• English Bulldog Breeding - Chapter 46: "Walrus" or "Water" Puppy (Graphic Images)

    I have written about why you should not allow your dam to have a natural whelp. One of the main reasons you should never do this is because English Bulldogs have a very high chance of having what is called a "water" puppy. Some also refer to it as a "walrus" puppy. Each time we had a c-section I expected to have one, as I heard from many breeders how common it is. Occasionally we would have a mildly effected puppy, but it was so mild that the only way we could tell was by the fact that they lost quite a bit of weight in the first 24 hours, and become noticeably smaller after they lost the excess water.

    In our very last litter we had a severe case of water puppy. The puppy was swollen, and looked like it was blown up, and about 2-3 times the size of the rest of the puppies. The placenta that was feeding the puppy was completely mangled, twisted, and deformed. The blood supply was possibly compromised. Sadly the puppy was never revived. He was a beautiful pup and the image of him will be forever in my mind. I decided to take a photo of him so that more people will not take a chance on having a bulldog whelp naturally, because if my mamma would have tried to whelp this litter, she would have died, and so would the rest of her pups. I scares me to even think about it. Just when we were feeling like we would never have one, and that this was something that must not be in the genetics of our bulldogs. Wrong. You can never, EVER take the chance. If I would have lost my mamma because I decided to gamble and allow her to natural whelp, I would have never been able to forgive myself.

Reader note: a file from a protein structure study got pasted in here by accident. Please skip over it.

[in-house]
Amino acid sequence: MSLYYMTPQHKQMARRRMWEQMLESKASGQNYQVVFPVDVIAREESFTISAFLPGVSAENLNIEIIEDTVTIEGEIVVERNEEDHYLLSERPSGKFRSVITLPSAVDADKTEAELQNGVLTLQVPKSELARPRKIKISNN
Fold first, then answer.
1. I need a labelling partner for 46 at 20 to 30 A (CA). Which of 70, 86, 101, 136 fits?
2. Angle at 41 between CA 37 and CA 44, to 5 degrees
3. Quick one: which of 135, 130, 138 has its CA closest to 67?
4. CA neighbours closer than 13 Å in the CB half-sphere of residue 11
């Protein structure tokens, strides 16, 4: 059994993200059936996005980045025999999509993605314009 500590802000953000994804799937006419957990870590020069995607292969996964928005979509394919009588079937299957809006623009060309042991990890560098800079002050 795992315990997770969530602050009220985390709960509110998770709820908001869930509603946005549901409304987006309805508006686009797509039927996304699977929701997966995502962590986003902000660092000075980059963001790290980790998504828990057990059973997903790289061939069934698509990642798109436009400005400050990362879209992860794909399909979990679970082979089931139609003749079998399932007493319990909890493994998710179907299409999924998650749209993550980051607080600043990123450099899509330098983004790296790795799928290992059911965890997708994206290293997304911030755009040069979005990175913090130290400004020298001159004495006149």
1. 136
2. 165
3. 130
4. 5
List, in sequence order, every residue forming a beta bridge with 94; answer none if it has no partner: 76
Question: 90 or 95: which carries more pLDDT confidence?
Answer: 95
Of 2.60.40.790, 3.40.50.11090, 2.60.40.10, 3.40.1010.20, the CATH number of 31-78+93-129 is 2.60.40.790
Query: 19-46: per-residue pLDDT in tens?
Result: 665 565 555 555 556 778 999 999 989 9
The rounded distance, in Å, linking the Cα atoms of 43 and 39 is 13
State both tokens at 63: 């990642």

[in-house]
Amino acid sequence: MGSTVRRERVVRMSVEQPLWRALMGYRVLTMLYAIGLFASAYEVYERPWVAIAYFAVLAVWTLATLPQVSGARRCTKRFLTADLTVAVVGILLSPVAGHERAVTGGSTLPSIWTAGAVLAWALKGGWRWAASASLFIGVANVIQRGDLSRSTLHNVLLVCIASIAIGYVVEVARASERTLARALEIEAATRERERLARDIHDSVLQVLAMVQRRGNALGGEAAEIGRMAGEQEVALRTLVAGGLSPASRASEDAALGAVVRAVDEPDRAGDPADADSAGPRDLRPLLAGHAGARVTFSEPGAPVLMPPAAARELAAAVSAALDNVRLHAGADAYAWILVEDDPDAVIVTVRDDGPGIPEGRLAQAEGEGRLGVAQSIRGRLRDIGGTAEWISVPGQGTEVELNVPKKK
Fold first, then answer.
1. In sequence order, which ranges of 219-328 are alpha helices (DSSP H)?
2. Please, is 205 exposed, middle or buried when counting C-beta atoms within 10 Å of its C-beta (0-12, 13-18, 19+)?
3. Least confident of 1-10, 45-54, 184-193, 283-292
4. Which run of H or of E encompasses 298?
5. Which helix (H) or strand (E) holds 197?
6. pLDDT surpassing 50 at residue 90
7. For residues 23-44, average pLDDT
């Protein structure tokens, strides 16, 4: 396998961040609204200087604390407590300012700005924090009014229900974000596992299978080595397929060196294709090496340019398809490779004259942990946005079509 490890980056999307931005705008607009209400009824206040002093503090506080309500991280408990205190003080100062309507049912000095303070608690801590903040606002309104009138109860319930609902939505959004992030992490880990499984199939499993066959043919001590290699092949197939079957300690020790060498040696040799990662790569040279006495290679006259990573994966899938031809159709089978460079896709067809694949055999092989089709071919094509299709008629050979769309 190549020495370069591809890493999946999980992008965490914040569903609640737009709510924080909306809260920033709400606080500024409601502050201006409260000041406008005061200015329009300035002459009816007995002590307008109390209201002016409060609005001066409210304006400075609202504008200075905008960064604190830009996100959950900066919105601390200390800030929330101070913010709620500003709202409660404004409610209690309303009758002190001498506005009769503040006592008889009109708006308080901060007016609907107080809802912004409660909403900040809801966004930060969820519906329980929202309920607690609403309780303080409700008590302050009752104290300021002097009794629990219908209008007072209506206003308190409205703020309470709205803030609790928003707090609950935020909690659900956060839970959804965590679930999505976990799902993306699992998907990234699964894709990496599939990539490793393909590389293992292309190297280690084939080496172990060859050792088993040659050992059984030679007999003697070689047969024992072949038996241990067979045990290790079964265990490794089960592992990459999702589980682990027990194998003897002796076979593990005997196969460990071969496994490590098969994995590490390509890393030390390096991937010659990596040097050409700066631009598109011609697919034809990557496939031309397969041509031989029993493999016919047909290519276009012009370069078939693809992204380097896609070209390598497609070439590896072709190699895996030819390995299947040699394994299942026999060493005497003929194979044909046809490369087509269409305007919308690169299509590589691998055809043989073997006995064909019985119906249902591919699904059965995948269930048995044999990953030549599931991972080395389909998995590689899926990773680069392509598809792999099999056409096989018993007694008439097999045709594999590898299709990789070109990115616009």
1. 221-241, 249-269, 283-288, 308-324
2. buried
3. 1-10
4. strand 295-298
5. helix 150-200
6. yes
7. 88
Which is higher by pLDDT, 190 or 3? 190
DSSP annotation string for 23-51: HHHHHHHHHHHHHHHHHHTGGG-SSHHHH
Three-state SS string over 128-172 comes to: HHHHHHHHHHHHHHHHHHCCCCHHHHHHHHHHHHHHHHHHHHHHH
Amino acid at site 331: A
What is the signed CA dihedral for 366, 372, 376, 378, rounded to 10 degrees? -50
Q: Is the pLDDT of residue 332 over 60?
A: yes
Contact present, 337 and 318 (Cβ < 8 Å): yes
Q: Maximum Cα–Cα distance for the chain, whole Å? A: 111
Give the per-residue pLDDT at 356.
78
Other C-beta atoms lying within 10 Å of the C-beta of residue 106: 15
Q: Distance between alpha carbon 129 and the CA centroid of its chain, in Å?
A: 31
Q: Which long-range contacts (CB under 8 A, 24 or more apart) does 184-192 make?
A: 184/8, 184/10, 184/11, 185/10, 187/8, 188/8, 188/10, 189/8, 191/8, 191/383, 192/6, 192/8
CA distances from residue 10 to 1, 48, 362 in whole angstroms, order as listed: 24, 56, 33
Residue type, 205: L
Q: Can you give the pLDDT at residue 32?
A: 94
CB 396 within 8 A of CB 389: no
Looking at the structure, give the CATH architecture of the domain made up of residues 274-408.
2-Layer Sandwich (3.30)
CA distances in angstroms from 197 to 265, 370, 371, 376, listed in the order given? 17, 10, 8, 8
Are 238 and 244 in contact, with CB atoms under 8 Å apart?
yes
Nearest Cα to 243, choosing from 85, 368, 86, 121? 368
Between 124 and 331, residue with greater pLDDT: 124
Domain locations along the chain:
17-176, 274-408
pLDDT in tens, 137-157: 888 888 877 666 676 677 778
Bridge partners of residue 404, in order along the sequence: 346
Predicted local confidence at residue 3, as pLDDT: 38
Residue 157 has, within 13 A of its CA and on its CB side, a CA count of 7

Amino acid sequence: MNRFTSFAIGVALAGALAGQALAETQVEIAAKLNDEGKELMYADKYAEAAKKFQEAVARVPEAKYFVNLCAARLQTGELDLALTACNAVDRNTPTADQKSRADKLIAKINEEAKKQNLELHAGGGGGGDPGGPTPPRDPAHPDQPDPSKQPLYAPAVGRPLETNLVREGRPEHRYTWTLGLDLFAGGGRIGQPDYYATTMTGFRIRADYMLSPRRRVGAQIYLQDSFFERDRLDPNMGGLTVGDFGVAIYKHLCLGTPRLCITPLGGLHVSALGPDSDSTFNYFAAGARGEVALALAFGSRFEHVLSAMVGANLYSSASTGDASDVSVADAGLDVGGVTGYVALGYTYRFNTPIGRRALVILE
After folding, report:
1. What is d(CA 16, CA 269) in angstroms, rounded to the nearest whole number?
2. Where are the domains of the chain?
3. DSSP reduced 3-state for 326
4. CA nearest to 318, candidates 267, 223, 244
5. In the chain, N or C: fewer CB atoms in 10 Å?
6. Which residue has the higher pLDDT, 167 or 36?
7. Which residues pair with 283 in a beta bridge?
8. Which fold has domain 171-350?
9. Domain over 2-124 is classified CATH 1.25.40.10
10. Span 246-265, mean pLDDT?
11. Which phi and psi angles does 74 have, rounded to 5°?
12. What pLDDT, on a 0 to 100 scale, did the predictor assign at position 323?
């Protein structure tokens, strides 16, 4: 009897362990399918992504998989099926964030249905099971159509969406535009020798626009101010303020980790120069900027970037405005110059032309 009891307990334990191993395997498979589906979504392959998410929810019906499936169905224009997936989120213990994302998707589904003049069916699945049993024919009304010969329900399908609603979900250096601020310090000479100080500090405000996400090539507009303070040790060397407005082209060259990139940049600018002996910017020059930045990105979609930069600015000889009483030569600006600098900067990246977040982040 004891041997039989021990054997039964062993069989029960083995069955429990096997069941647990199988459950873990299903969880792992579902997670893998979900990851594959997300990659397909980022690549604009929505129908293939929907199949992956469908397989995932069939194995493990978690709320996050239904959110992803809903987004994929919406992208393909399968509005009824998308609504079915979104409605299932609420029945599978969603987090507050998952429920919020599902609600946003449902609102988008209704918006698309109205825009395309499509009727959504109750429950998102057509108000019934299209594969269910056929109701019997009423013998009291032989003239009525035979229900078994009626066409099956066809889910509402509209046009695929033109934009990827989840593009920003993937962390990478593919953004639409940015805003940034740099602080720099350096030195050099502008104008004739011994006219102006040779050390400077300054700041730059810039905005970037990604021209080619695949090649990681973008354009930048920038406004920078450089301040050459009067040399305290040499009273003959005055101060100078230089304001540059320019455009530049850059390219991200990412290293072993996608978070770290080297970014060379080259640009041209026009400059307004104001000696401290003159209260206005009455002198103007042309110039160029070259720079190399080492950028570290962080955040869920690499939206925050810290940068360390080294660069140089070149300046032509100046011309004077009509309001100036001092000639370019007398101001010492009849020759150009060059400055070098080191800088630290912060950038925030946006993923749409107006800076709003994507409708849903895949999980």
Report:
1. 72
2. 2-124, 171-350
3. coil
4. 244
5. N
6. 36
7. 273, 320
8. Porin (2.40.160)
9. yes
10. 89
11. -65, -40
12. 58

From what I understand from my vet, mildly and moderately effected puppies can be saved. Sometimes even severely effected puppies can be saved using Lasix. Mildly and moderately effected puppies will usually just pee out the excess water within the first 24 hours. You should help them pee by defecating them with a warm wet cotton ball. Depending on how much water they are retaining will depend on how often you will need to do this. On a mildly effected puppy, every 20 minutes. On a moderately effected puppy, every 5 minutes. If you have a severely effected puppy, every 2-3 minutes. You will need to do this about 24 hours, or until the puppy stops urinating as much.

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